Plants appear to produce an excess of leaves, stems and roots beyond what would provide the most efficient harvest of available resources. One way to understand this overproduction of tissues is that excess tissue production provides a competitive advantage. Game theoretic models predict overproduction of all tissues compared with non-game theoretic models because they explicitly account for this indirect competitive benefit. Here, we present a simple game theoretic model of plants simultaneously competing to harvest carbon and nitrogen. In the model, a plant's fitness is influenced by its own leaf, stem and root production, and the tissue production of others, which produces a triple tragedy of the commons. Our model predicts (i) absolute net primary production when compared with two independent global datasets; (ii) the allocation relationships to leaf, stem and root tissues in one dataset; (iii) the global distribution of biome types and the plant functional types found within each biome; and (iv) ecosystem responses to nitrogen or carbon fertilization. Our game theoretic approach removes the need to define allocation or vegetation type a priori but instead lets these emerge from the model as evolutionarily stable strategies. We believe this to be the simplest possible model that can describe plant production.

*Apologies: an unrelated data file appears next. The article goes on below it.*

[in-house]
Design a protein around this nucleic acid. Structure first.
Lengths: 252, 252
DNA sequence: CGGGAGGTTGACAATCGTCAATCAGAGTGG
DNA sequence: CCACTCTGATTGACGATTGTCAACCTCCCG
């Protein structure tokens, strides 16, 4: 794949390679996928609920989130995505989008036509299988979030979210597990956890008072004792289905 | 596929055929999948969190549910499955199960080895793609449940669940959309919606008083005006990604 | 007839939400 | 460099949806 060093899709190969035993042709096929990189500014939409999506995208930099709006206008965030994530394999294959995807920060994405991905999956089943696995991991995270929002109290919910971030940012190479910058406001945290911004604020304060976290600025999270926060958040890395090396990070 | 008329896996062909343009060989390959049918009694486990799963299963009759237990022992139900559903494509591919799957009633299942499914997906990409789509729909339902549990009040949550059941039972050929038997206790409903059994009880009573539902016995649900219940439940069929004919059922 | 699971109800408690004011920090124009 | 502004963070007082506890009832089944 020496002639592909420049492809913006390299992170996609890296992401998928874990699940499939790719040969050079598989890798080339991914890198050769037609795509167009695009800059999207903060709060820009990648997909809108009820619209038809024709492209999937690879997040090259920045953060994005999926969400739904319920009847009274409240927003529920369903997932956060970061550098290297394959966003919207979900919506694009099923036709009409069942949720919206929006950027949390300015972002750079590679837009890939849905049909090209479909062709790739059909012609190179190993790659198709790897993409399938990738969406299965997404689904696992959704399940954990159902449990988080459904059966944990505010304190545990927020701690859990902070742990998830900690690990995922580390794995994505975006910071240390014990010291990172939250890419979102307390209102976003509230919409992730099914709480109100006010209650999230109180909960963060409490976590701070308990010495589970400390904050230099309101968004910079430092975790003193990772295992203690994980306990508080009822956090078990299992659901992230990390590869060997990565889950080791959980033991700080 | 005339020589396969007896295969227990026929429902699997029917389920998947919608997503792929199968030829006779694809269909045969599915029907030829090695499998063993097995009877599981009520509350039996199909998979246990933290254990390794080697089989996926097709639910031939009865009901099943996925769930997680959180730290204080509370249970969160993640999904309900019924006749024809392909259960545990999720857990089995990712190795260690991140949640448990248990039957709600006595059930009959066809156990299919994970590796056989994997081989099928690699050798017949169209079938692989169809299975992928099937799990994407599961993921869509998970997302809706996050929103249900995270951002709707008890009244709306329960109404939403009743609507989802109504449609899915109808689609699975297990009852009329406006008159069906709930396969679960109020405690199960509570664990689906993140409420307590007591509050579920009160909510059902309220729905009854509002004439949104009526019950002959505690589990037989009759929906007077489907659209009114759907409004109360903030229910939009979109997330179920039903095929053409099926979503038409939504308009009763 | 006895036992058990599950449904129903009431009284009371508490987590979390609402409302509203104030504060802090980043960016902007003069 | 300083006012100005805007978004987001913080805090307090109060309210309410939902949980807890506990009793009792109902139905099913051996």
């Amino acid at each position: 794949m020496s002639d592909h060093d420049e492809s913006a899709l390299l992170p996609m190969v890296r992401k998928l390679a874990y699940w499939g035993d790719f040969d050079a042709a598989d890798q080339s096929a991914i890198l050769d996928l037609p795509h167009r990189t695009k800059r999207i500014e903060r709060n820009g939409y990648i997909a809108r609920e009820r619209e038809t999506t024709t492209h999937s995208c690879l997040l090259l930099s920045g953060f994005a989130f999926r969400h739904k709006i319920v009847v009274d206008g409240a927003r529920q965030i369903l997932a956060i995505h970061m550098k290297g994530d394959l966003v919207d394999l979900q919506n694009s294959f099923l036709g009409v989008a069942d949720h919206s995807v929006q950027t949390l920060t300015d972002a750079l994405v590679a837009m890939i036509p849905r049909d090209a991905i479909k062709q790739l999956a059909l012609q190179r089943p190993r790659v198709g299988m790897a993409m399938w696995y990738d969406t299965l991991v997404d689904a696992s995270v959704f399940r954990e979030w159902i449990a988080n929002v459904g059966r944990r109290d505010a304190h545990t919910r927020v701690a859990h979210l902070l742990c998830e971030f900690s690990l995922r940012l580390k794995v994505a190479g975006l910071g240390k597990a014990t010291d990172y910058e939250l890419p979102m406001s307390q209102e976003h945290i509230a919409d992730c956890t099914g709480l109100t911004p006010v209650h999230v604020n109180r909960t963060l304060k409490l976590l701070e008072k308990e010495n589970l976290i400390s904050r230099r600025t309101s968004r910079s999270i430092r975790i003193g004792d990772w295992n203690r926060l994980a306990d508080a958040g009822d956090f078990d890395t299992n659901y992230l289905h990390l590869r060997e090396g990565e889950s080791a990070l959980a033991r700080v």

Electronic supplementary material is available online at https://dx.doi.org/10.6084/m9.figshare.c.3538887.
- Received September 9, 2016.
- Accepted October 10, 2016.
- © 2016 The Author(s)
Published by the Royal Society. All rights reserved.